Liquor Store Etiquette Part II

Grenga here back with another installment of Liquor Store Etiquette, and a handful of new Do’s & Don’ts to help you make it through your harrowing journey to the local packie. Last time I gave you a fair amount of my own background, so this time I’ll just dive right in.

1. Bring Your ID

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Do. Bring your damn ID. I don’t care how old you are, bring your ID. You are buying alcohol. This should be pretty straightforward, but I can’t tell you how many people I’ve turned away because they look college age and don’t have an ID on them. I can understand how a person in their 50s with grey hair might get annoyed at this, but chances are that person won’t get ID’ed anyway. In case you do, don’t get offended. The people behind the counter are just doing their job, and it’s your job to have documentation that you can legally purchase what it is you are trying to take home. And please do not give me the “ugh, I’m 24” response. Bitch, you aren’t old. I’m not saying that you look 16 when I’m ID’ing you. I’m saying you look under 40…which you fucking are, so shut up. Also, if you’re with anyone who is underage, leave them in the car. There are things called “Party Laws” where everyone in the party needs an ID. Don’t have one? Keep out of sight so you don’t ruin it for your friends. That goes for teenage children with their family members too.

Right after the Patriots completed the insanity that was the greatest comeback ever in the Super Bowl against the Falcons, Geneo Grissom, his wife and two friends came into my store looking for a bottle of wine and a 6 pack to go with dinner at the BYOB place down the street from us. Three of them had ID’s, but Geneo’s wife, a tiny five-foot-nothing blonde who looked like a high school cheerleader, did not. Her response? “Uh, you can google me.” FUUUUCK you….I googled her anyway, and guess what? She was TWENTY-FUCKING-THREE. And the only thing google had to say about her then and now is that she is Geneo Grissom’s wife. Get that arrogance out of my damn face! I wasn’t about to turn away a Super Bowl Champ just because his wife sucked, but I did explain to them that the only reason I was doing so was because they just made the greatest comeback anyone will ever see. What should you take away from that story? Unless you’ve recently won a world championship in something, bring your fucking ID. Also, Mrs. Grissom is a jerk.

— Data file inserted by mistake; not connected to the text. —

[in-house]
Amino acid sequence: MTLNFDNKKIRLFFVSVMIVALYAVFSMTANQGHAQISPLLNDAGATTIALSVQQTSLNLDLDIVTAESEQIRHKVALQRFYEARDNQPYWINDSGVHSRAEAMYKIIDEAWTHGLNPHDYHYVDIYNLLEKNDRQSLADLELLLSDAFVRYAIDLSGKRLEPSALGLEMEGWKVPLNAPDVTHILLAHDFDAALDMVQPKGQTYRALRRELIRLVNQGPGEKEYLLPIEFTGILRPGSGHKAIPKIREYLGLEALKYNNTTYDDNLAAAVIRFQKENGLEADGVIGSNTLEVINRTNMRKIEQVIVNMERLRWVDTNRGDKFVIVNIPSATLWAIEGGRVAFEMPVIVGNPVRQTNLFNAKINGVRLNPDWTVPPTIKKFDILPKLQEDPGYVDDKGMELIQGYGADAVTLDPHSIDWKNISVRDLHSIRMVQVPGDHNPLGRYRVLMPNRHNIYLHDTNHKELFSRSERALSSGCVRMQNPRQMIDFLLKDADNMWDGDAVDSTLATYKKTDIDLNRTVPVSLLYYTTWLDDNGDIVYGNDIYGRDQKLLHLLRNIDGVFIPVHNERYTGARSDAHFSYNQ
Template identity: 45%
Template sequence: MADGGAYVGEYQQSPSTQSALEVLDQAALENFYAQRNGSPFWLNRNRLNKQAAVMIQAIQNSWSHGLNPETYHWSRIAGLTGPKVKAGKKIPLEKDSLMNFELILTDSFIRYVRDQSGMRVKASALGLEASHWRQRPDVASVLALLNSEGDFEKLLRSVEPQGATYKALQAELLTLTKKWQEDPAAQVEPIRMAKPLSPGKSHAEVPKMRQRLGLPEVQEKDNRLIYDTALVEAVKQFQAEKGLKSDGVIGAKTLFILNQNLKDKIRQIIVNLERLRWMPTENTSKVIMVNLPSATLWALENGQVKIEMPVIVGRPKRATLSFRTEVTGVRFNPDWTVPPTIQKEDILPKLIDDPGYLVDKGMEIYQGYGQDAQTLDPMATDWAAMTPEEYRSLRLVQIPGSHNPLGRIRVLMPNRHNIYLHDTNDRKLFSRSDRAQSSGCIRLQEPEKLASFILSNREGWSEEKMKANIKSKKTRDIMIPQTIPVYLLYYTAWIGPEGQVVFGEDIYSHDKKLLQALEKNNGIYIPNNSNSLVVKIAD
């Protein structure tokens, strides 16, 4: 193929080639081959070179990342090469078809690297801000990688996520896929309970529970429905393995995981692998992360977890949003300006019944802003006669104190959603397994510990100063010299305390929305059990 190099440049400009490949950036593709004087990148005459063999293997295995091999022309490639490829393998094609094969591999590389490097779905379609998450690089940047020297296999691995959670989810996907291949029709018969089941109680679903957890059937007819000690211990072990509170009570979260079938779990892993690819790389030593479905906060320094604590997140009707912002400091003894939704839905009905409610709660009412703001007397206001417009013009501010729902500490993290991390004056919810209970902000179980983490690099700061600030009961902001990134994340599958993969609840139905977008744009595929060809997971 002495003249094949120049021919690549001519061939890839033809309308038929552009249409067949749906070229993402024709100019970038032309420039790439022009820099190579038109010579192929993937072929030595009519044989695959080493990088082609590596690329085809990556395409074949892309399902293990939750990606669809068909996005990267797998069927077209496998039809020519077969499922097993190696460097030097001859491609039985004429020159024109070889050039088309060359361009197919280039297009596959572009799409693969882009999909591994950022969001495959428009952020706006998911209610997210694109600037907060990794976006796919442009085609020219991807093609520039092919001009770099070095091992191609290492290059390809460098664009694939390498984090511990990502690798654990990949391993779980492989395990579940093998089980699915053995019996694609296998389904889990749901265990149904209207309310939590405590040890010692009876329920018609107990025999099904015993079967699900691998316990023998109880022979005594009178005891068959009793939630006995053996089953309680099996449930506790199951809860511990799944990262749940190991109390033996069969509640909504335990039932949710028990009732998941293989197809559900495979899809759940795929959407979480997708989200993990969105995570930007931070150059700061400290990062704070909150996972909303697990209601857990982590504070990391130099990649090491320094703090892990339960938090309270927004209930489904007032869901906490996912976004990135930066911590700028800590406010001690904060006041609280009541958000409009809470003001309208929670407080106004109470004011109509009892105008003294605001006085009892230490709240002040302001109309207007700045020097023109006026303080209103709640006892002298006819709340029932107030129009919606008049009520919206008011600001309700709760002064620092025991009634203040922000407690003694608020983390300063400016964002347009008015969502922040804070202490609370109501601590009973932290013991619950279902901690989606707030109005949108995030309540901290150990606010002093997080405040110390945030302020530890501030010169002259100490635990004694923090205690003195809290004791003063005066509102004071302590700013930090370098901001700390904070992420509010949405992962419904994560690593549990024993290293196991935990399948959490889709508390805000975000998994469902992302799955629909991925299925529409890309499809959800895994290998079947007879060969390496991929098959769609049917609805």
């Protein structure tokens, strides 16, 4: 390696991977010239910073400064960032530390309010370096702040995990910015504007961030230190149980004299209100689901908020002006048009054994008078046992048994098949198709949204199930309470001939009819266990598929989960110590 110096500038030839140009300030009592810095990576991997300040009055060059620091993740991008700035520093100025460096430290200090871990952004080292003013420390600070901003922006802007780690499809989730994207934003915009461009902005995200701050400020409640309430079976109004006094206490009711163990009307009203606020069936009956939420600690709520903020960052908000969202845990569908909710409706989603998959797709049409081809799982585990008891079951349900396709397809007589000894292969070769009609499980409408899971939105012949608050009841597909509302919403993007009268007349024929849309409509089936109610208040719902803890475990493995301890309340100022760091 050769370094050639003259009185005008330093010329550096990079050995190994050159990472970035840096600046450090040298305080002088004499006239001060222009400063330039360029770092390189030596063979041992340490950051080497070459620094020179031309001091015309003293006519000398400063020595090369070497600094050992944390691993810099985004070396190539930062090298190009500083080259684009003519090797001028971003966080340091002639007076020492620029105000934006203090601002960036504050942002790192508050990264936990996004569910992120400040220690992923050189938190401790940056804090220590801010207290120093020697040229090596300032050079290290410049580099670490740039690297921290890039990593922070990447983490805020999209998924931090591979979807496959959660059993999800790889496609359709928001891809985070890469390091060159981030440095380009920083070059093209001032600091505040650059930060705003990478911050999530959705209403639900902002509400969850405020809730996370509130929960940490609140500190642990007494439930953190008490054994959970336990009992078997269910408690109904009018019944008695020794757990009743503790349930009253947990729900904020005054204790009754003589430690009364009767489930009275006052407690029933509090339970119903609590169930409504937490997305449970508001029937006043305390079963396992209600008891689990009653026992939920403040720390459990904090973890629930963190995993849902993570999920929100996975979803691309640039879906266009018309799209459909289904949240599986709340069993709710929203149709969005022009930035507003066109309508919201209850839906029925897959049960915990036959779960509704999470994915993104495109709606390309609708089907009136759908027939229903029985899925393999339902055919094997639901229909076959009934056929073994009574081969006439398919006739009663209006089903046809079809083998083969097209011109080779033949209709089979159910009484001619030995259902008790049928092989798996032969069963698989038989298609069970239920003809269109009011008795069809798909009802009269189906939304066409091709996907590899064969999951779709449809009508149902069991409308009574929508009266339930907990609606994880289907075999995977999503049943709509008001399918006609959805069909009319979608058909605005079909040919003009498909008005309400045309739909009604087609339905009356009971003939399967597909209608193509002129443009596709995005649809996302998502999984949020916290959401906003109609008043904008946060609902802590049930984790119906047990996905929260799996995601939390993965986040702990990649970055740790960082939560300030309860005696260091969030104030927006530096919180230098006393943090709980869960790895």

2. Store Workers Hate Trophy Hunters

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Are you a trophy hunter when it comes to rare stouts, IPA’s, whiskeys and wines? Great! I don’t care. I couldn’t give any less shits about the number of bottles in your cabinet. Also, if you’re dumb enough to buy a bunch of expensive whiskeys, open them, and then never drink them again, guess what? Hard alcohol, like every other kind of alcohol, oxidizes and goes bad over time. It may take over a year to do so, but you don’t have forever. If you’re spending hundreds of dollars on rare products, make sure it’s not going to waste. Don’t brag to me about what you have in your cellar, because again, I do not give a shit, and you’re more likely to make yourself sound dumb than cool.